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Presentation on theme: "20/20 “SOAR WITH ELVIS” TRAINING"— Presentation transcript:

Garry Puetz, Director of Transportation, Forsyth County Schools, GA Office: (220106)

2 Let’s Start With A Question
In 21 Georgia school bus accidents over the last 13 years that involve student fatalities at the bus stop, what is the single common denominator? Why should you be interested in this presentation? (Students are dying unnecessarily in multiple states, every year. We believe we have a way to reduce or eliminate those deaths.) What can I learn here? (You will learn what is the single contributing factor present in every accident at or near the school bus stop.) *My thanks to Mr. Steve Monroe of the Georgia State Department of Education who provided this information and the subsequent charts, and who works tirelessly to provide high quality training materials and support to pupil transportation providers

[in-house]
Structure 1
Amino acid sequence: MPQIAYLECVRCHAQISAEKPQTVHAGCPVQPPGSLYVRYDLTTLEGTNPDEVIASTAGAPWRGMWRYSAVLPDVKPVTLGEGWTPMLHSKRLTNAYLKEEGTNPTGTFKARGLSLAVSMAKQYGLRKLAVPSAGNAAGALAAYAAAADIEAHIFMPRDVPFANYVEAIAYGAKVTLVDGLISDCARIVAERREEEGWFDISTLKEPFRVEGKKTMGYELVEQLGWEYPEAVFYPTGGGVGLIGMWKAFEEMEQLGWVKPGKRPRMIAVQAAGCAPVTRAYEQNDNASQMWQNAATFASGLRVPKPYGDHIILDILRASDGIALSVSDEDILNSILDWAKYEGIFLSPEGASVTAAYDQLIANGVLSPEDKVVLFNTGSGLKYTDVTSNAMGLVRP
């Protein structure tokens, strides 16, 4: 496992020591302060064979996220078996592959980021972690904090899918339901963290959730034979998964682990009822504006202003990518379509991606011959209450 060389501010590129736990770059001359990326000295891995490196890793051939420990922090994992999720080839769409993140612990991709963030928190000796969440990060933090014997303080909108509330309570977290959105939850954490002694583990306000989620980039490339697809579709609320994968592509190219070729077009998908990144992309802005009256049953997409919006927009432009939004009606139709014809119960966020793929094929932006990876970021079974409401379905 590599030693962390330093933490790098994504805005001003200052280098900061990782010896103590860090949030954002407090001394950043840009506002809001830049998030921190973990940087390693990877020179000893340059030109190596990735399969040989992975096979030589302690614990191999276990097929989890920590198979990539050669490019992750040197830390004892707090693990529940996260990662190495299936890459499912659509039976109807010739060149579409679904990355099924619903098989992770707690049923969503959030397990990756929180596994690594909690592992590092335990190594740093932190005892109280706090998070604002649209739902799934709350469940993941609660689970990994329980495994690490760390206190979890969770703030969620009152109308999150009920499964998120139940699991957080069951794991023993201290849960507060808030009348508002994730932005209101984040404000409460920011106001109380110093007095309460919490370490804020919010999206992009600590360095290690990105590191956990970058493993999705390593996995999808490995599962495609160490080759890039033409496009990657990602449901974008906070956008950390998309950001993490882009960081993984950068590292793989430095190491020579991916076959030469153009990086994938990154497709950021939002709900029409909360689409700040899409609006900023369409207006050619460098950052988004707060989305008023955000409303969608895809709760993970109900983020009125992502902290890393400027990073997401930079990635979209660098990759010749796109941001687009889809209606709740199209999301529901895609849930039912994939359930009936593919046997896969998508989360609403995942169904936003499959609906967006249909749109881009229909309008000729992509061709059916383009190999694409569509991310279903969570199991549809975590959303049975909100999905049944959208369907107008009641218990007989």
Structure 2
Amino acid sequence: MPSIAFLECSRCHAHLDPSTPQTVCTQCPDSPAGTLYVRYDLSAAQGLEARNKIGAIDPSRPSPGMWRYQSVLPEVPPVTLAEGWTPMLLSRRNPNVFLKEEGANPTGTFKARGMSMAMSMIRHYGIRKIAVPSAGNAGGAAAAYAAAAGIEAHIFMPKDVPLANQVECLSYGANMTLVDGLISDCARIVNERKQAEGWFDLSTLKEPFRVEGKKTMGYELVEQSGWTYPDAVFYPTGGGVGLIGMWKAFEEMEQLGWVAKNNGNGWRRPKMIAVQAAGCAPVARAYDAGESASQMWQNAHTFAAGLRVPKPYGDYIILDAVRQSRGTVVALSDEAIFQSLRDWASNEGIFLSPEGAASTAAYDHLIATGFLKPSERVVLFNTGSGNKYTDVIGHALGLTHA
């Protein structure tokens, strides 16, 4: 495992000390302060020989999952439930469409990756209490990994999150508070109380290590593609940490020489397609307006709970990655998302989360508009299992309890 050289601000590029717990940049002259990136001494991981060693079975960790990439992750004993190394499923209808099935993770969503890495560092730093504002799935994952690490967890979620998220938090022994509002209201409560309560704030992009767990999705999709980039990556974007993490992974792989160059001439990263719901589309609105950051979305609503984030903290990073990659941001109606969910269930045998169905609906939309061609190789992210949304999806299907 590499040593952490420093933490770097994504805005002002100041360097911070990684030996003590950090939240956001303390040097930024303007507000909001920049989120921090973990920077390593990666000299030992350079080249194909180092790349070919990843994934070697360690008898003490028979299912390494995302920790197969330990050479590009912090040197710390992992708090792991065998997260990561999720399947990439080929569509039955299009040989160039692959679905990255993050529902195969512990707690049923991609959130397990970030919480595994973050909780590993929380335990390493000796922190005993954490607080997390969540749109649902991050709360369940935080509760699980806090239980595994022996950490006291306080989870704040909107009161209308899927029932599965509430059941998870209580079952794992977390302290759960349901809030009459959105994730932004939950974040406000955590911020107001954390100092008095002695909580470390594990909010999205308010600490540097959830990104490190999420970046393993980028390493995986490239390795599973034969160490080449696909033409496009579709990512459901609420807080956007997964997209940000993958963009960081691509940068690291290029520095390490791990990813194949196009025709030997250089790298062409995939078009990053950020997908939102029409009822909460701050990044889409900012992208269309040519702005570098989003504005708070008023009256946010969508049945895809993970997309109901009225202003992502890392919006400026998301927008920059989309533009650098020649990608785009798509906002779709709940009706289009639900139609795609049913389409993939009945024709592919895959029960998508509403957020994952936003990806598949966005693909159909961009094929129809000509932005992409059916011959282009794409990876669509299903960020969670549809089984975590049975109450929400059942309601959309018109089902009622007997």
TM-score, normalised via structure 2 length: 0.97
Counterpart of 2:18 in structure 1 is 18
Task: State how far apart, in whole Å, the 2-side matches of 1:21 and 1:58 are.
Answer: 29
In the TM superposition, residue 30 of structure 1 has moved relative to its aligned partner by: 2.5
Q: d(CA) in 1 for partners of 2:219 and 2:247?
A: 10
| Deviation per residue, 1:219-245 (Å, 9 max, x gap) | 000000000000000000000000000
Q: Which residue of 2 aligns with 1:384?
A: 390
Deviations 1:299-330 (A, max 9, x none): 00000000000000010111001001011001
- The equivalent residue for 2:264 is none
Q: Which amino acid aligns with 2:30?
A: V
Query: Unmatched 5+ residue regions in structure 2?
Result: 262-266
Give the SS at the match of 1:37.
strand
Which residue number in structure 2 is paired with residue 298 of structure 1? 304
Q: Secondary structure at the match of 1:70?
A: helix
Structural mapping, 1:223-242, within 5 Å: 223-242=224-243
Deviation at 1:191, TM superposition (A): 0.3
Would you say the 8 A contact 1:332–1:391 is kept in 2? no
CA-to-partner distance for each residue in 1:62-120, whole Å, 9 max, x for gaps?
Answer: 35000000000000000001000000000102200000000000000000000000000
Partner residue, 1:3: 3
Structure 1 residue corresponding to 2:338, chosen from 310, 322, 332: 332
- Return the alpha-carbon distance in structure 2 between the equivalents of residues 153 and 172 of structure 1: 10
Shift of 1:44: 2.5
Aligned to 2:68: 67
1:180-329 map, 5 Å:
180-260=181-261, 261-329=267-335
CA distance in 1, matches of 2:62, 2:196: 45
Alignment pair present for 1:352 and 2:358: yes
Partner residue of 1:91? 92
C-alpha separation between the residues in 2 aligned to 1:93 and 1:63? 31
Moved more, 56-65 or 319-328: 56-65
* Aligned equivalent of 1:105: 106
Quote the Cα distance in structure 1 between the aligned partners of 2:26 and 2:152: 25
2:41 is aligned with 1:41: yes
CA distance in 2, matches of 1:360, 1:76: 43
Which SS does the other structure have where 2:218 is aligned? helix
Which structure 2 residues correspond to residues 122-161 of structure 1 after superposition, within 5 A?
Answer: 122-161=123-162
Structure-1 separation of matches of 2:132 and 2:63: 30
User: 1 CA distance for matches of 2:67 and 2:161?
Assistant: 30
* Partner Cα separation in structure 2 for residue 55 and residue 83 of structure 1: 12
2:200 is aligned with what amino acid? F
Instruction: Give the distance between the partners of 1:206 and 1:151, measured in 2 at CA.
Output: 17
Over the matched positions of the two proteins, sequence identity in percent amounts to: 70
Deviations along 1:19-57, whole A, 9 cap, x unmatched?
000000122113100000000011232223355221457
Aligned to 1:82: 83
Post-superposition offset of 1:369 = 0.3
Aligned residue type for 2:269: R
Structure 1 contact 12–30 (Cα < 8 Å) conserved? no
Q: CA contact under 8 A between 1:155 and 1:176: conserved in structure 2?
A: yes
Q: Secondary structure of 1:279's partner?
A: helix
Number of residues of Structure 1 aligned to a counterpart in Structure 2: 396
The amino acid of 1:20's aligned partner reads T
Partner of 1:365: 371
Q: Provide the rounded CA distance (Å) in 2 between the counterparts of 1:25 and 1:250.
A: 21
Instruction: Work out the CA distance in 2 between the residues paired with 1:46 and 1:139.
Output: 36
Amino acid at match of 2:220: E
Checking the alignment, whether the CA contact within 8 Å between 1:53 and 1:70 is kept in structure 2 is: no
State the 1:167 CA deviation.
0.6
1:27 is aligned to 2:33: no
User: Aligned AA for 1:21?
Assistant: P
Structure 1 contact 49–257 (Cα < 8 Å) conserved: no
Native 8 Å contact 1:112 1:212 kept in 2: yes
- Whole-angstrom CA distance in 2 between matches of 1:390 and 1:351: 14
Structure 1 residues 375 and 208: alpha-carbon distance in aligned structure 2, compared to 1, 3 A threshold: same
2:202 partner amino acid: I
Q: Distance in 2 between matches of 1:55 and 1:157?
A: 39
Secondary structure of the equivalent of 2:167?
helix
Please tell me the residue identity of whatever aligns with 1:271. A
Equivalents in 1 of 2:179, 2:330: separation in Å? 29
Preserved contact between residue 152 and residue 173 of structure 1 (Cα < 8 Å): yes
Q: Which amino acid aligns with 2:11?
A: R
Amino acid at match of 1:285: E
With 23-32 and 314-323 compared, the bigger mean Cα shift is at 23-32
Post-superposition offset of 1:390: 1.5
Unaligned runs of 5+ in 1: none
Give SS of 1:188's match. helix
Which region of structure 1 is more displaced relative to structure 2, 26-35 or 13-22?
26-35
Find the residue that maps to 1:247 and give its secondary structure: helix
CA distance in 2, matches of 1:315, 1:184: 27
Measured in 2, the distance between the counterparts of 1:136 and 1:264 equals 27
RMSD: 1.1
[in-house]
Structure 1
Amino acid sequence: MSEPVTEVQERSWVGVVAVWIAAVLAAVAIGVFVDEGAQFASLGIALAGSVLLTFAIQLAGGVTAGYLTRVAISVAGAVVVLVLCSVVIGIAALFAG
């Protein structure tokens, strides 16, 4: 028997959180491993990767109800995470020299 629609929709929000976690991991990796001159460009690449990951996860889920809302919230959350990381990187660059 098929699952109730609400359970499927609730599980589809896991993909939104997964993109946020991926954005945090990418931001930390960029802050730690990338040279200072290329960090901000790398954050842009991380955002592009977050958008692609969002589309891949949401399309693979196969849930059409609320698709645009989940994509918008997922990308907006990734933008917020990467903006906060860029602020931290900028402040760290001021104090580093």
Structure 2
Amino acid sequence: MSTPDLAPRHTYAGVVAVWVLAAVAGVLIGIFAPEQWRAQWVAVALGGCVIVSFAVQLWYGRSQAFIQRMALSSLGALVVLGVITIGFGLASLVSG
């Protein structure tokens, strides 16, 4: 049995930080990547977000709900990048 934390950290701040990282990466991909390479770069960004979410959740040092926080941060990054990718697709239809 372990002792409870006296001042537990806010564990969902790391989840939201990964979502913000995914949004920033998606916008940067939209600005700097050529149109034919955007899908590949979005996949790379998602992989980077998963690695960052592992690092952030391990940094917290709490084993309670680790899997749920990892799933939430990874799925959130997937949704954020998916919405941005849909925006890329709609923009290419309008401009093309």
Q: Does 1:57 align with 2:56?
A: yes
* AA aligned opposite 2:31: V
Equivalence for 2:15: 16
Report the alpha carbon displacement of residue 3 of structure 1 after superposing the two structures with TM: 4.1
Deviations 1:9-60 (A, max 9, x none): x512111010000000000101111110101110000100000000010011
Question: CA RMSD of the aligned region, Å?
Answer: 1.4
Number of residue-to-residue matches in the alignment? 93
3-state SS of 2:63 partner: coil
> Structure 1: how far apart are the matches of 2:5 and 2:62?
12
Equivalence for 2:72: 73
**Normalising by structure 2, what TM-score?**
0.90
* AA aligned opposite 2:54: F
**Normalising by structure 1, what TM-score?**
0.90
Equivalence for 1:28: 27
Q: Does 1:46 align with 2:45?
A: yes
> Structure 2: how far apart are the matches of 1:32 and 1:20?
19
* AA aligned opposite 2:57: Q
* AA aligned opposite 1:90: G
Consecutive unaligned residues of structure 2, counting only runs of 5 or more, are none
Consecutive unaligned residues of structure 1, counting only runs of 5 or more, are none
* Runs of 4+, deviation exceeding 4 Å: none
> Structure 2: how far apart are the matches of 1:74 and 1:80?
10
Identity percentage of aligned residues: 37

3 Loading & unloading are the most dangerous times during a school bus route.
In Georgia, 21 school bus related deaths occurred at or near school bus stops from 2000 to 2013. 9 struck by school bus 12 struck by other motorists Can we identify any common factors that contributed to the accidents? Who could have done something differently? What might have been done differently? How can we make that happen? Let’s take a closer look…

4 4 of Last 21 Bus Stop Fatalities May Have Been Prevented By Improved…